2. Experimental Sample preparation. Yttria stabilized ZrO, was used as a solid electrolyte. Eight mol% ofY203 (99,.9%, Kojundo Kagaku Co.) and 92 mol% of ZrOz (99.2%, Daiichi Kido Kagaku Co.) were mixed with 1 wt% of SO2 (Kojundo Kagaku Co.) and the mixture was calcined at 1500°C for 1 h. Next, the calcined specimen was pulverized. Then three grams of the powder were pressed into a pellet and sintered at

H. Okamoto et al. / Carbon monoxide gas sensor made of stabilizedzirconia


1600°C for 3 h. The sintered pellet was about 1 mm thick and 20 mm in diameter and had an apparent density of 94-95% of the theoretical one calculated from X-ray diffraction. Platinum electrodes were deposited by electron beam evaporation on both sides of the pellet at 300°C. Typical electrodes were 0.3 pm thick and 12 mm in diameter. CO oxidation catalysts were prepared by impregnating r-Al203 (Alcoa Co. Fl) with H,PtCl, (Mitsuwa Kagaku Co.) aqueous solution and then reduction with NaBH4 (Wake Junyaku Co.) aqueous solution. Before mounting the catalyst, an electric lead made of colloidal Au (Tokuriki Kagaku Co., No. 8556) was formed on one of the Pt electrodes for later connection to an external lead wire. The catalyst powder was then mounted over that Pt electrode with a few drops of 1 wt% methyl cellulose aqueous solution and dried. Only one electrode was covered with the catalyst. Experimental set-up. The apparatus employed to measure the anomalous emf is shown in fig. 2a. Springs were used to hold the pellet specimen between the glass tubes and make the system air-tight. All gases were supplied from commercially available gas cylinders without any special purification. Air was fed onto the upper surface of the specimen (air electrode), and a mixed gas of CO, 0, and N2 was passed over the other surface of the specimen (sample gas electrode). The velocity of each gas was 1.7 m s-l (at 23°C). Air or a gas mixture flowed through a guide glass tube over the specimen surface and then out into the outer glass tube through four narrow openings in the guide glass tube near the specimen surface. The specimen temperature was monitored by a chromel-alumel thermocouple arranged to contact the sample gas electrode. The emf was recorded via an impedance converter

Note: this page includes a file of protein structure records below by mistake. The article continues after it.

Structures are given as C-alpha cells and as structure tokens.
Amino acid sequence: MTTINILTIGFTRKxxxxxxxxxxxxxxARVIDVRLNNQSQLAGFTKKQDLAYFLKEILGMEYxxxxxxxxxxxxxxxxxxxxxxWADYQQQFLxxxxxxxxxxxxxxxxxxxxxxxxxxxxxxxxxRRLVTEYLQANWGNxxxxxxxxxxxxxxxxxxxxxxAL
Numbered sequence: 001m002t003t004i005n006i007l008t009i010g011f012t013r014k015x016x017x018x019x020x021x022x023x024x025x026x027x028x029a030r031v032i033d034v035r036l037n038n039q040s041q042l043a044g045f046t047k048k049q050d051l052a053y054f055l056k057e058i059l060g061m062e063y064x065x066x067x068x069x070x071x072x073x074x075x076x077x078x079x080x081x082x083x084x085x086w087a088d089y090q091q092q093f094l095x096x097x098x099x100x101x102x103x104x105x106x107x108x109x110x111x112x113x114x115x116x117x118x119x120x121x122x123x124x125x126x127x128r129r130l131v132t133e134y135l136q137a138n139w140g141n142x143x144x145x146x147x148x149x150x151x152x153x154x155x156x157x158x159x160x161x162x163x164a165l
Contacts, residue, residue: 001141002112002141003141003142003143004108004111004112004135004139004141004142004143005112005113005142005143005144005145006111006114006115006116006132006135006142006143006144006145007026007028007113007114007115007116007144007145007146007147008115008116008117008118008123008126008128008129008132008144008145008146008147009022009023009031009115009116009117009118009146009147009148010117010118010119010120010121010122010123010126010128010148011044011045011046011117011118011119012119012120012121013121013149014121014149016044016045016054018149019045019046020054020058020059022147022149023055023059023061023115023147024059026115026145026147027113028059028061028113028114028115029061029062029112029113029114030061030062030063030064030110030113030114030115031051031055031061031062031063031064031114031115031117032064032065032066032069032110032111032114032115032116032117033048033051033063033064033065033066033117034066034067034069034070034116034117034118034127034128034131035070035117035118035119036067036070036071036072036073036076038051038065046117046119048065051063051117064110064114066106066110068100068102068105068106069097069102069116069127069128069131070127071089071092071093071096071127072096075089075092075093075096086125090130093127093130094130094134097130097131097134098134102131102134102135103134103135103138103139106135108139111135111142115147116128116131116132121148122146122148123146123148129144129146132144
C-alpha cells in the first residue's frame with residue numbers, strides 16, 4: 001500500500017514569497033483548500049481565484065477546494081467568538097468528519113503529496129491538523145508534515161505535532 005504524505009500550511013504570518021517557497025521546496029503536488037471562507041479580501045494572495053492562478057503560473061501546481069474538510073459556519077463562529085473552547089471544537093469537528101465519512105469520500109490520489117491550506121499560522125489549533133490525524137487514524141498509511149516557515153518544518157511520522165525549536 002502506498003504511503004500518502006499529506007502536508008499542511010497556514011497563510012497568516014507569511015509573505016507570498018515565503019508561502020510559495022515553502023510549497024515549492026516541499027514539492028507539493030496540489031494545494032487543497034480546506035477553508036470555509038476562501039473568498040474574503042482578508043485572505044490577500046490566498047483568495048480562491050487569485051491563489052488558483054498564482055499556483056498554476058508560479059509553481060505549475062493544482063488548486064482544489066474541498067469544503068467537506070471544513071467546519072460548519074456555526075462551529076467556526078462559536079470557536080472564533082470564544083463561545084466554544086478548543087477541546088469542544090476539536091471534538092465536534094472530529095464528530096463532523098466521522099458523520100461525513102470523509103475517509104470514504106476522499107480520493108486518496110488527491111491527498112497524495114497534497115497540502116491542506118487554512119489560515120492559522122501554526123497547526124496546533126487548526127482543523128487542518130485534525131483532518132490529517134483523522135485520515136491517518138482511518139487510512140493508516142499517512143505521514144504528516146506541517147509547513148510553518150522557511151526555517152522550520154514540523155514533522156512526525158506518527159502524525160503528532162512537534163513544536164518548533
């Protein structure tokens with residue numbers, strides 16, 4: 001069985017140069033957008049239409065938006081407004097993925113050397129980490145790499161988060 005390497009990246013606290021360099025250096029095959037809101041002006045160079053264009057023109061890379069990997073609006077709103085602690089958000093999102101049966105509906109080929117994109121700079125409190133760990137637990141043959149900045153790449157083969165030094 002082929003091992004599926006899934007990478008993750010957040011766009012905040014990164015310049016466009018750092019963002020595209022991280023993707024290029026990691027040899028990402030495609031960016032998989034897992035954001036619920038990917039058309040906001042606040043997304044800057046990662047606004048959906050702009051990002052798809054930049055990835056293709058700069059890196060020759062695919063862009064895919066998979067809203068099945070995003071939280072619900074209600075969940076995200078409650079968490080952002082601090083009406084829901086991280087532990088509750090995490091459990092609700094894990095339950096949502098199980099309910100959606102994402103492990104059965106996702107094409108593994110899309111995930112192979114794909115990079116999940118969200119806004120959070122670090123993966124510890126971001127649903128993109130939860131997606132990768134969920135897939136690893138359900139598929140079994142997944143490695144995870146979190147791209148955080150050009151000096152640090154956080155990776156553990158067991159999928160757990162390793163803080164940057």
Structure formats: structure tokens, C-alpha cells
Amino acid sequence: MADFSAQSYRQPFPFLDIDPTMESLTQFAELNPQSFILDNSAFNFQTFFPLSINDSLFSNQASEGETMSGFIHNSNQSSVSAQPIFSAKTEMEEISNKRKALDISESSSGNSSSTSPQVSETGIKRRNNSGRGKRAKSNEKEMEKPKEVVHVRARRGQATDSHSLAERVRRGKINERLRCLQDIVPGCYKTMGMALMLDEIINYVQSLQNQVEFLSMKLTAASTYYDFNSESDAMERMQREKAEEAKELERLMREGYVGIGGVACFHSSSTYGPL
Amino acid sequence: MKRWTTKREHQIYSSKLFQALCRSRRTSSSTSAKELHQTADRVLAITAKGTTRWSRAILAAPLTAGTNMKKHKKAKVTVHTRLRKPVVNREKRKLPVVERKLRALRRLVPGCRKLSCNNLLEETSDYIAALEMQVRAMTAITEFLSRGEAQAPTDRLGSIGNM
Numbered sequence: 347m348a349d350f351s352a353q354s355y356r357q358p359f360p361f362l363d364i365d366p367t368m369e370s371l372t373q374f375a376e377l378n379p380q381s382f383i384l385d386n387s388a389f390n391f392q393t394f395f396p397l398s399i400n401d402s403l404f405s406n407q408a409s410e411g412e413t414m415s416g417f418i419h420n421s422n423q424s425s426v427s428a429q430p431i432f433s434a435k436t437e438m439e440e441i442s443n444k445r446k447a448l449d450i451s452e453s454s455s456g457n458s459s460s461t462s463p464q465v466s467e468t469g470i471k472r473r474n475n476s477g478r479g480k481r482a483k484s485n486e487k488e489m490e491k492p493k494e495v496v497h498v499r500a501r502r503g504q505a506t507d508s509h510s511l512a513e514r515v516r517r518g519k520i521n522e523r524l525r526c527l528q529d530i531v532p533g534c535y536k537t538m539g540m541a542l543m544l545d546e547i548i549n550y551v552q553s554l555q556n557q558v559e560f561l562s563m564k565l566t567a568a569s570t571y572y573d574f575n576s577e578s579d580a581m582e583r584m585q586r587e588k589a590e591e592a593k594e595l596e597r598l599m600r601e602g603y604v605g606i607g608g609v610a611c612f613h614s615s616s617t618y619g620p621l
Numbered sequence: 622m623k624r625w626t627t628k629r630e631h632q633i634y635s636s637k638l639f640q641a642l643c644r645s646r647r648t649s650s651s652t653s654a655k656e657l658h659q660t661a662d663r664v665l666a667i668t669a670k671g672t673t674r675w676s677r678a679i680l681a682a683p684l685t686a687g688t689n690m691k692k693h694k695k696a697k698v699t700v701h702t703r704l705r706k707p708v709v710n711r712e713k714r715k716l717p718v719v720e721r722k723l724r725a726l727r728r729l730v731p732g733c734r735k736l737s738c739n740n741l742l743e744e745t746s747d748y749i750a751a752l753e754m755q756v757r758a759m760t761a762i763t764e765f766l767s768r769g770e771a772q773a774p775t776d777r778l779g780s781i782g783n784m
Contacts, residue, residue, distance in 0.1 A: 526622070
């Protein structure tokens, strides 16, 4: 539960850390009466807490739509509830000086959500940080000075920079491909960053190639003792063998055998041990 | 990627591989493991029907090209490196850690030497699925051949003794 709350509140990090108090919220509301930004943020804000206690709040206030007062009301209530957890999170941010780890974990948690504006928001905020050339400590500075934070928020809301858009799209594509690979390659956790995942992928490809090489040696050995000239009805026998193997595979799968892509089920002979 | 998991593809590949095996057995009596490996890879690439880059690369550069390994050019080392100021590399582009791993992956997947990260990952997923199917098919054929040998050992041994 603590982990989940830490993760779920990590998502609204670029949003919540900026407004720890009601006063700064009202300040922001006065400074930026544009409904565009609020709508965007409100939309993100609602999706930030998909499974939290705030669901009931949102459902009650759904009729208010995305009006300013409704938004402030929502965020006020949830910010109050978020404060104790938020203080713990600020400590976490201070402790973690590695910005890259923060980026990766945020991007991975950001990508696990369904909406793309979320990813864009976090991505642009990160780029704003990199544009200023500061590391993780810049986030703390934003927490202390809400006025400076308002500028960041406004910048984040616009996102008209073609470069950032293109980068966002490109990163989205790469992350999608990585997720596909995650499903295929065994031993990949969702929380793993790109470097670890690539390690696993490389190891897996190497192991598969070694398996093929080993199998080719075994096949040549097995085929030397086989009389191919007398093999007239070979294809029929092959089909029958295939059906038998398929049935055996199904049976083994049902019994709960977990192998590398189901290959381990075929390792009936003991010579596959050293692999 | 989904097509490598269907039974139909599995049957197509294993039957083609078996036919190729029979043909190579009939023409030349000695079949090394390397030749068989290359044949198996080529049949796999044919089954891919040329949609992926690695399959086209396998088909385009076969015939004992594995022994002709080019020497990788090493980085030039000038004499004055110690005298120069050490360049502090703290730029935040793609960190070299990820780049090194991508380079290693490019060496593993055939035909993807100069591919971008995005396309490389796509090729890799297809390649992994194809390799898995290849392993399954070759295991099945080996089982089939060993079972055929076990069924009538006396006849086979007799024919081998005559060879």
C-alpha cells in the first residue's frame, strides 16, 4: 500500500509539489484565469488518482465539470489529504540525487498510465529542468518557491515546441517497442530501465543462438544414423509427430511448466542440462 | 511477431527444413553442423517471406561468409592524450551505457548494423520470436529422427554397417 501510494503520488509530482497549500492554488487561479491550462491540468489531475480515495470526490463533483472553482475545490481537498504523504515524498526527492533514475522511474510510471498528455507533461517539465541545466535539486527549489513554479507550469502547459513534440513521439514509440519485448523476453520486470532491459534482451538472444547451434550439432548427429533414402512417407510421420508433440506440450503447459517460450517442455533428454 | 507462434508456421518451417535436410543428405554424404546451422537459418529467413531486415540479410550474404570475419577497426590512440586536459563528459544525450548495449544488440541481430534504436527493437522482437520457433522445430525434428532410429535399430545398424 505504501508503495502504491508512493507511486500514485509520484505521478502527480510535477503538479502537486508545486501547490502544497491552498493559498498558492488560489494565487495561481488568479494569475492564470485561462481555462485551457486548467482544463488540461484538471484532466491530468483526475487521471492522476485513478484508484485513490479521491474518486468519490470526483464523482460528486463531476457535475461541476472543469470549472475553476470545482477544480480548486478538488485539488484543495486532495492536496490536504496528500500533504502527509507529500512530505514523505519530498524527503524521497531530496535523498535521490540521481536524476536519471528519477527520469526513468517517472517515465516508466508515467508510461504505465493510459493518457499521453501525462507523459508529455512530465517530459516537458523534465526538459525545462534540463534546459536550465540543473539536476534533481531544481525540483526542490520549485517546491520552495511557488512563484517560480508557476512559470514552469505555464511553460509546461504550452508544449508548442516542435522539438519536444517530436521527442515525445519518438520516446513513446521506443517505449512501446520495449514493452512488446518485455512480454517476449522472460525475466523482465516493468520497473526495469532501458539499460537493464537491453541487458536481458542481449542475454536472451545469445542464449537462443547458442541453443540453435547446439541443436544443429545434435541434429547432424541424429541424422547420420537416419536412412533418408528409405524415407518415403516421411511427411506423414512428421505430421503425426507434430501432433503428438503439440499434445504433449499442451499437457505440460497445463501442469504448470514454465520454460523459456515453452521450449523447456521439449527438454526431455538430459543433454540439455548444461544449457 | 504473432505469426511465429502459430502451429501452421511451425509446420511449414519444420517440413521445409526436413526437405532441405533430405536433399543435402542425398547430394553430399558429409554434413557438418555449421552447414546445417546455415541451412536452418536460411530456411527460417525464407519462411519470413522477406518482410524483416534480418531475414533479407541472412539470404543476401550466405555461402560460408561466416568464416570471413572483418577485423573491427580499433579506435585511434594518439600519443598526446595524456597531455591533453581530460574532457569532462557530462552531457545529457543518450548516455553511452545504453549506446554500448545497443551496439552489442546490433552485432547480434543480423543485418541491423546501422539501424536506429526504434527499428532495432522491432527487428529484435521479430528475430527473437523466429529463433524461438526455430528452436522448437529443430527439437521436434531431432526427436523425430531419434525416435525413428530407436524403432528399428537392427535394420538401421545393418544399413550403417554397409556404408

guide glass t&e


Pt electrode



R electt7xk



samp!e gas >







(a> Fig. 2. Experimental gas sensor.

set-up employed

for emf measurement

of (a) an O2 gas sensor and (b) a CO


H. Okamoto et al. / Carbon monoxide

Ras sensor made of stabilized zirconia

(Nikko Keisoku Co. type IC-2, nominal impedance; lOlo 5G?)by a recorder (Hitachi Ltd. type 056). The apparatus employed to study the behavior of the new CO gas sensor consisted of one glass tube containing a sample holder as shown in fig. 2b. A specimen was placed horizontally on the sample holder and the Pt electrode connected to a Pt net lead. At the same time, the catalyst covered electrode was connected to another Pt net lead via the Au lead. As an ambient gas, air flowed at a velocity of 0.07 m s-l (23°C) and could be mixed with a small amount of CO when desired. Specimen temperature and emf were measured in the same way as that for measuring anomalous emf.

3. Results and discussion The behavior of a galvanic cell (B) near stoichiometry at lower temperatures has already been shown by the solid curve in fig. 1. The result for emf measurement when the Pco/Po2ratio is smaller than 2 at 350°C is shown in fig. 3. The observed values are quite different from the ones calculated using Nernst’s equation (1). The anomalous emf is about 100 mV when Pco/Po2< _ 0.1[region (I)], while it is more than 700 mV for PcolPo,> _ 0.7[region (III)]. In the region 0.1 5 Pco/Po25 0.7 [region (II)], the emf increases sharply with oscillating values, providing the emf range shown in fig. 3. The mechanism responsible for the appearance of anomalous emf is considered to be as follows. The microscopic states of the adsorption of gases near a triple contact Pt-stabilized Zr02-gas are shown schematically in fig. 4. At the air electrode, only oxygen is adsorbed on Pt leading to the reaction: O(a) + 2eU =+02-